My son is three months old. I gaze in adoration at this tiny miracle before me, fascinated by his flexible toes and soft feet, which he uses like hands to grip onto my sides. Springtime six months later, I watch transfixed as Ewan expertly crawls around our garden, using his toes to propel him forward, pulling himself up and beaming with pleasure at his new found freedom. On holiday at fifteen months, Ewan walks tentatively, steadying his balance on the deck of a ferry on the Saint Lawrence River in Canada. I almost cry with joy as he takes ten steps all at once, his little feet nestled in soft-soled slippers providing him flexibility yet protection from the ground. By mid-winter, at eighteen months old, Ewan walks confidently; beaming with pleasure as his vision and mobility reach new heights. Continue reading Barefoot babies→
I wrote about the first ten months of breastfeeding my son in March 2011. My closing comments were: ‘I am looking forward to continuing to breastfeed Ewan as he grows into a toddler [… ] Like all journeys I am not aiming for the destination but the experience along the way. This journey so far has taught me more than I ever imagined, about myself, my baby, our amazing bodies, our culture, and opened me up to new ways of seeing’. Continue reading Mothering Through Breastfeeding Part Two: Ten to eighteen months→
Our babies are born with the same desires as a baby born in Stone Age times. It is our environment and culture which has so radically changed, affecting how we parent our children today. Living in a fast-paced, materially and technologically driven age we need more than ever to listen to our inner voice, for the sake of our children’s and our own wellbeing.
I am bringing up my son, Ewan, in the 2010’s in modern day Britain. However, in as many ways as possible I parent him as our Stone Age ancestors once did. This includes baby-wearing, sustained breastfeeding and baby-led weaning, bed-sharing, using natural toiletries and medicines and attempting elimination communication (also called potty or natural toilet training). Continue reading Reflections on the Continuum Concept→
Frist published in ‘Mothering’ magazine, April 4th 2012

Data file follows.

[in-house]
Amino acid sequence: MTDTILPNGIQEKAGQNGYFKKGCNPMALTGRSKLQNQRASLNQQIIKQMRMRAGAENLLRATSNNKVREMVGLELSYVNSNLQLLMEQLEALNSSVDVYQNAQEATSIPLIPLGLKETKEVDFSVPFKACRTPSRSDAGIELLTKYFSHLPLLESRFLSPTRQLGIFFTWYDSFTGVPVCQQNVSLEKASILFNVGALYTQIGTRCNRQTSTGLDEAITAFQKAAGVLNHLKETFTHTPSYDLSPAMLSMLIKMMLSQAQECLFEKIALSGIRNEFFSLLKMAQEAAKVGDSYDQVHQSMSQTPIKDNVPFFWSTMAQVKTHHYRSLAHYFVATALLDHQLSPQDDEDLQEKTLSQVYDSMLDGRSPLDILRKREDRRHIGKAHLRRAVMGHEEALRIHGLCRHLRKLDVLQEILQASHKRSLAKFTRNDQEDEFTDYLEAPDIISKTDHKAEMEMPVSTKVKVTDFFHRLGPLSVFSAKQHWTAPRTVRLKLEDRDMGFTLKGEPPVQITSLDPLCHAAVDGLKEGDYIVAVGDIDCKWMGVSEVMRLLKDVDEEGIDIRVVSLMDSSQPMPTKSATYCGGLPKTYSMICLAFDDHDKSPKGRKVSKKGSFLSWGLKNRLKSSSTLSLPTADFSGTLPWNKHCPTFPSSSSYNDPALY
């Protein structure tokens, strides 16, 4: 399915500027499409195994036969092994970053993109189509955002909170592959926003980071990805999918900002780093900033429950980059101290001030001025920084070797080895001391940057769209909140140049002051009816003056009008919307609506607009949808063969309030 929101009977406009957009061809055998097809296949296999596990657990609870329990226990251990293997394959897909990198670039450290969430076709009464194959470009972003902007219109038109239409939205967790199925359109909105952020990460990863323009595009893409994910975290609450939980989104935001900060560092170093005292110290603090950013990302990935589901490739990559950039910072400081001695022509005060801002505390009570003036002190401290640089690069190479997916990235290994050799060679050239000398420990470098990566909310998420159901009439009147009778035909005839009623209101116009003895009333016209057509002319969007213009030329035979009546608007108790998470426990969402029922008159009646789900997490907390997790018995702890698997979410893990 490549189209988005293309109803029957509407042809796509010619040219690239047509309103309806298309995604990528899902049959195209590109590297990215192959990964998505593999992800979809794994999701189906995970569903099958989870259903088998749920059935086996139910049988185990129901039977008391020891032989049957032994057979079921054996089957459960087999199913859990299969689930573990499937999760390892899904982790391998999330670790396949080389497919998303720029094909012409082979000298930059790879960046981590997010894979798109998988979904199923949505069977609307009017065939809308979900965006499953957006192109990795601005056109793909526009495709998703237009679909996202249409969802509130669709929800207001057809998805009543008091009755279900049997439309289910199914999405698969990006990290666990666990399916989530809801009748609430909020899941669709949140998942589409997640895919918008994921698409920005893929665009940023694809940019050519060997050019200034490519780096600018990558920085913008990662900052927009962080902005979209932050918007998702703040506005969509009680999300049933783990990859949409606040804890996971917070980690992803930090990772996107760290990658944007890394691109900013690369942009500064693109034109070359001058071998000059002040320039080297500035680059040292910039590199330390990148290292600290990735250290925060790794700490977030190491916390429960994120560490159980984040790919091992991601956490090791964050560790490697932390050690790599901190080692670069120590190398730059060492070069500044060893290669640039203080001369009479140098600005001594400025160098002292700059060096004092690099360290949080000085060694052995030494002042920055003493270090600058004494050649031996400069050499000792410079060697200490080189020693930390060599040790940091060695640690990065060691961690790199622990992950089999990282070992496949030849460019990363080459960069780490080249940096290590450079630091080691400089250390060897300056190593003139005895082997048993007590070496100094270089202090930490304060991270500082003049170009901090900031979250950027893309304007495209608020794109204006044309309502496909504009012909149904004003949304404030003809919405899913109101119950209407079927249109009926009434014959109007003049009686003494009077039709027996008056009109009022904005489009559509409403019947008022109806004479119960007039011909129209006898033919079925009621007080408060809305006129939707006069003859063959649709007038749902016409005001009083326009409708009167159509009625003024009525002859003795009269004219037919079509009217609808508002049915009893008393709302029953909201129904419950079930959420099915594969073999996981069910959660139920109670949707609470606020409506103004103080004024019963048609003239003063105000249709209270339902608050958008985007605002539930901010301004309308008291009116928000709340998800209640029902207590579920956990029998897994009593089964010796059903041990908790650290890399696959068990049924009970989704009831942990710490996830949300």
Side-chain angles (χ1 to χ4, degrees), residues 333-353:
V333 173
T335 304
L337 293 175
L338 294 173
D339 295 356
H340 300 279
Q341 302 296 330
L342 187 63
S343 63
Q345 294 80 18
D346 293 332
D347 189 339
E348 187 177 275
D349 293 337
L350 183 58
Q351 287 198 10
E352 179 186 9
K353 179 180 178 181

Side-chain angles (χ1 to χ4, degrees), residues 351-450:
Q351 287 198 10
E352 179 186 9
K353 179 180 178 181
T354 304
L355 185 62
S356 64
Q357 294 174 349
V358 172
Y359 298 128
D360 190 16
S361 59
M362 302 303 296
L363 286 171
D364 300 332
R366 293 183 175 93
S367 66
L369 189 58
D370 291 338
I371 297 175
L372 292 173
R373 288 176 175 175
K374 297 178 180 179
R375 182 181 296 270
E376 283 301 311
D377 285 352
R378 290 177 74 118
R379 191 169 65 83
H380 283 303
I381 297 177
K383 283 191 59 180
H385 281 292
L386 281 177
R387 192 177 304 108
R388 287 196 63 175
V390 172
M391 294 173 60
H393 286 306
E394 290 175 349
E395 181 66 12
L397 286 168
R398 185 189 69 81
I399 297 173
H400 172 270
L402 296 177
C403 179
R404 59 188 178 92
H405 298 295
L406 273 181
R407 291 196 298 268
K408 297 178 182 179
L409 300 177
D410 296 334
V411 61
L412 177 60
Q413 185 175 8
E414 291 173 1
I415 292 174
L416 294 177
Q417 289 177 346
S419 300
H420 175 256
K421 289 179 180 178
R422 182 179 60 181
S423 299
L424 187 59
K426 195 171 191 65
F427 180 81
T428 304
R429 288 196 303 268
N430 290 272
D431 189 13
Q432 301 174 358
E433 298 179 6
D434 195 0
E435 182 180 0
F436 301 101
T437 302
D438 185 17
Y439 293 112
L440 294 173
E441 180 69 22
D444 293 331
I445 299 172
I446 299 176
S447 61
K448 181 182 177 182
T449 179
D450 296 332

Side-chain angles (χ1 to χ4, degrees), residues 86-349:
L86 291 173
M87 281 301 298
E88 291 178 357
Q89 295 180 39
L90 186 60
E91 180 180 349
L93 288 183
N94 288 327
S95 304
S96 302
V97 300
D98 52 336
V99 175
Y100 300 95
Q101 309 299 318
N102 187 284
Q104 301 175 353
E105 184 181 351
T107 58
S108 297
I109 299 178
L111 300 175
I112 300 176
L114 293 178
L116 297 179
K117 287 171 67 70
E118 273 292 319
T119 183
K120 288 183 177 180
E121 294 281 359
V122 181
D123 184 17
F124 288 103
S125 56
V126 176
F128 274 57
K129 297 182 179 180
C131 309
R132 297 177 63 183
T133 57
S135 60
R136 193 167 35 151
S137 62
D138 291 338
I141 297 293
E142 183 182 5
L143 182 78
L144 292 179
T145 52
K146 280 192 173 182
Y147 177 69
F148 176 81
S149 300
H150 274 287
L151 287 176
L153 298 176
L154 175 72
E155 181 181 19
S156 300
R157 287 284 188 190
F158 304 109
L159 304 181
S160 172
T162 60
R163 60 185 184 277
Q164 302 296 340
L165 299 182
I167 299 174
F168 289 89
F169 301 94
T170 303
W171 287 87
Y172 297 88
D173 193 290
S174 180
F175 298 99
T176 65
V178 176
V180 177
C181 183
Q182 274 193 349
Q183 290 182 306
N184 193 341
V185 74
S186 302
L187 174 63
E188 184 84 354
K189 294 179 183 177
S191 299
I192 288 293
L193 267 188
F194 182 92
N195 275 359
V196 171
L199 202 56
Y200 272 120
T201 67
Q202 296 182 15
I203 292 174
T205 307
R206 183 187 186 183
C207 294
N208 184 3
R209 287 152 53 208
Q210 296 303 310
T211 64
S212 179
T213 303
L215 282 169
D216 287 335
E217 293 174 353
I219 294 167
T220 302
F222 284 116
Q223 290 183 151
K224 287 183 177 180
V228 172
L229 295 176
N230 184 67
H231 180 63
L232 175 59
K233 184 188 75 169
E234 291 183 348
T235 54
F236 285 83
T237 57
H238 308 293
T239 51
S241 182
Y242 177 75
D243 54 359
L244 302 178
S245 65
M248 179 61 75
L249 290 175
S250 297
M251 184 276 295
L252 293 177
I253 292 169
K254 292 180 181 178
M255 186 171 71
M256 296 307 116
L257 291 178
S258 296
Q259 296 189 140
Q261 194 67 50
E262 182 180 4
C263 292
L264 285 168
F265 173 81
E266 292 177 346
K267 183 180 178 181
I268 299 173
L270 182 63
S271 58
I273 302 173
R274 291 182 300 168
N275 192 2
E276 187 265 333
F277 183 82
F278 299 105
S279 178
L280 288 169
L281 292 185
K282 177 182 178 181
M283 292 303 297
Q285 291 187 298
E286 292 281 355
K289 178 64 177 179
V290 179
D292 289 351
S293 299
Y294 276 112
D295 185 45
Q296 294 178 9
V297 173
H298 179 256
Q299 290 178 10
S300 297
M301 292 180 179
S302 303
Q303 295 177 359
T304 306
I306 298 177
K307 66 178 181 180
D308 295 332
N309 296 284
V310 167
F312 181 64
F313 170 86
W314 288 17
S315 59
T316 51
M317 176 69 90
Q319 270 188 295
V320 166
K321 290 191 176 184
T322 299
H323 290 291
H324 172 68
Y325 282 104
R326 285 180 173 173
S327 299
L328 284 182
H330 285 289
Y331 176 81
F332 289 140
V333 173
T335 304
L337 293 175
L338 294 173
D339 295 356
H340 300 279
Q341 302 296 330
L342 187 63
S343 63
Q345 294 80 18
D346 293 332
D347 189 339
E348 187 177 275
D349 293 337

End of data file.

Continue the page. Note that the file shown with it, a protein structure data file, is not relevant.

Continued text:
An evening Ceilidh
It is the evening of our friend’s wedding. We dance enthusiastically at the ceilidh, a hundred bodies dressed in their finest, moving in tune to the music. Instinctively I swoop to avoid a flying arm, my free hand reassuringly touching the blonde mop nestled at my chest. As I move to the rhythms of the music my son unlatches himself from my breast, drifting contentedly into sleep. He nestles comfortably into my body, his eyes heavy, his breathing steady, as all around him people twirl to the rhythm of the music. Tummy full of milk, he is comforted by the familiar sounds of my heartbeat and voice, my smell and the touch of my hair on his face, sleeping soundly on my front for the rest of the evening. Conscious of his every movement, I am free to join in the evening’s celebrations, safe in the knowledge he is with me. Continue reading Toddler wearing→
I would like to share with you our first step down the exciting yet challenging road of home education. My first tentative footstep landed after a number of well-meaning but revealing enquiries by friends, family and acquaintances. My son is not yet two, yet I have been asked more times than I can remember whether and/or when he is going to day-nursery or pre-school. Continue reading Starting out on the Home Education journey→
Welcome to the August edition of Authentic Parenting Blog Carnival: Breastfeeding.
This post was written for inclusion in the monthly Authentic Parenting Blog Carnival hosted by The Positive Parenting Connection and Authentic Parenting. As August is Breastfeeding awareness month, our participants are writing about this exact subject! Please read to the end to find a list of links to the other carnival participants.
To my nursling,
Here I offer you a poem to encapsulate what nursing means to me. Though words fail to describe my feelings surrounding nursing, they can at least begin to sketch a picture of the significance of breastfeeding in our mother-son relationship. Maybe one day, years from now, my words will touch some place deep within you, a warm, hazy memory of childhood contentment and security, a little of what breastfeeding also meant to you. Continue reading To my nursling; what breastfeeding means to me→